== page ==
Longtime White House journalist Helen Thomas has died at age 92 after a long illness, sources told CNN Saturday.
Thomas covered 10 presidents over nearly half a century, and became a legend in the industry.
She was a fixture at White House news conferences -- sitting front and center late in her career -- where she frequently exasperated government spokesmen with her pointed questions.Legendary journalist Helen Thomas dies
Thomas began covering the White House for United Press International when John F. Kennedy became president in 1961 and was a fixture there until her retirement in 2010.
She was a trailblazer and the considered the dean of the White House press corps because she was the longest-serving White House journalist.
Thomas will be buried in Detroit, and a memorial service is planned in Washington in October, according to her family.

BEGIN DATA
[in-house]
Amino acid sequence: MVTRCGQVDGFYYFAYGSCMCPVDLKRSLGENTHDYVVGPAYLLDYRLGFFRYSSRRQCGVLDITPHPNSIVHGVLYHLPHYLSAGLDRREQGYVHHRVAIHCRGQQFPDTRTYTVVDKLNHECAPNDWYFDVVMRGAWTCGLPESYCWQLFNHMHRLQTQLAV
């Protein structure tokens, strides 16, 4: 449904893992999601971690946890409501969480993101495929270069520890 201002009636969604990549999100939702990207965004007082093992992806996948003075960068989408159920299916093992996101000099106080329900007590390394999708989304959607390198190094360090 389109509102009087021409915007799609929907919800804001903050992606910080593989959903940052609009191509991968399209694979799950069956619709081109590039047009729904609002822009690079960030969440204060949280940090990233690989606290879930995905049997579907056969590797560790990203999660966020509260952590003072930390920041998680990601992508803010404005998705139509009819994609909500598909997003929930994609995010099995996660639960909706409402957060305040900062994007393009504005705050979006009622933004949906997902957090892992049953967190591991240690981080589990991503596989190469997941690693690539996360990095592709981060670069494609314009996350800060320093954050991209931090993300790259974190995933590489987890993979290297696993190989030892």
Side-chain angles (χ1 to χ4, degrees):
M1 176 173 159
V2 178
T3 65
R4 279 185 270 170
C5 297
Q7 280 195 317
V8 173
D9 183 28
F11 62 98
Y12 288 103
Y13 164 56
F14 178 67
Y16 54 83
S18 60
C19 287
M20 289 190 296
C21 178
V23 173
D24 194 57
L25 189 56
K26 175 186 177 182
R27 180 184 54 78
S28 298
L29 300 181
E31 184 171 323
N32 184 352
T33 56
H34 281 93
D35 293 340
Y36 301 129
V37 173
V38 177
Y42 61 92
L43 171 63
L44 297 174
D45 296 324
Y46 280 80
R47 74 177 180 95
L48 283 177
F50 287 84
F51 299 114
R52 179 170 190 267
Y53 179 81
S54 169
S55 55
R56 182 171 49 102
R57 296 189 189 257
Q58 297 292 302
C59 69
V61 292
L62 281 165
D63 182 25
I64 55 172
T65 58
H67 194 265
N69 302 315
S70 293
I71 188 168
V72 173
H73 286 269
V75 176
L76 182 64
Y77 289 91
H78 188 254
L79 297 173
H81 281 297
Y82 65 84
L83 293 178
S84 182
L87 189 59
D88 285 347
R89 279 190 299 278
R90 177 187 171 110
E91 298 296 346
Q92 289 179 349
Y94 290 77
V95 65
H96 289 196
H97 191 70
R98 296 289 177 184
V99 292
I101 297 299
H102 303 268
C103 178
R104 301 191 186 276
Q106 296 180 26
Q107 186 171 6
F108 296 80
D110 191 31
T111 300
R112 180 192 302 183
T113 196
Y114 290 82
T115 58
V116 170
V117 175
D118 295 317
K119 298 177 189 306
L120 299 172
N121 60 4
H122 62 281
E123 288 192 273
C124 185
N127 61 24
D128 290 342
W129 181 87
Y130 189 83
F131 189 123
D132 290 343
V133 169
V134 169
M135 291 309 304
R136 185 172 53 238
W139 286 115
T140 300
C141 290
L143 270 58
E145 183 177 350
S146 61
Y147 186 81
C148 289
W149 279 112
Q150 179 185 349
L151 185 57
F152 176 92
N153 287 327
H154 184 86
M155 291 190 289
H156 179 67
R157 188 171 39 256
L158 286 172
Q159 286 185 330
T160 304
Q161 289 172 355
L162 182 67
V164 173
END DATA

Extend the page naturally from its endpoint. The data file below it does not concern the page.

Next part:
President Barack Obama said that it was "not just the length of her tenure, but her fierce belief that our democracy works best when we ask tough questions and hold our leaders to account," that put her in high esteem.
In a written statement, Obama called Thomas a "true pioneer" and said she kept the presidents she covered -- including himself -- on their toes.
Her career, however, came to an end under a cloud of controversy.
Thomas, then working for the media conglomerate Hearst as a syndicated columnist, was blasted for comments she made regarding Jewish people.
In 2010, a YouTube video surfaced showing her saying that Israel should "get the hell out of Palestine," and that the Jewish people should go home to "Poland, Germany ... and America and everywhere else."
Thomas apologized for her remarks, writing, "They do not reflect my heartfelt belief that peace will come to the Middle East only when all parties recognize the need for mutual respect and tolerance. May that day come soon."
She announced her retirement one week later.
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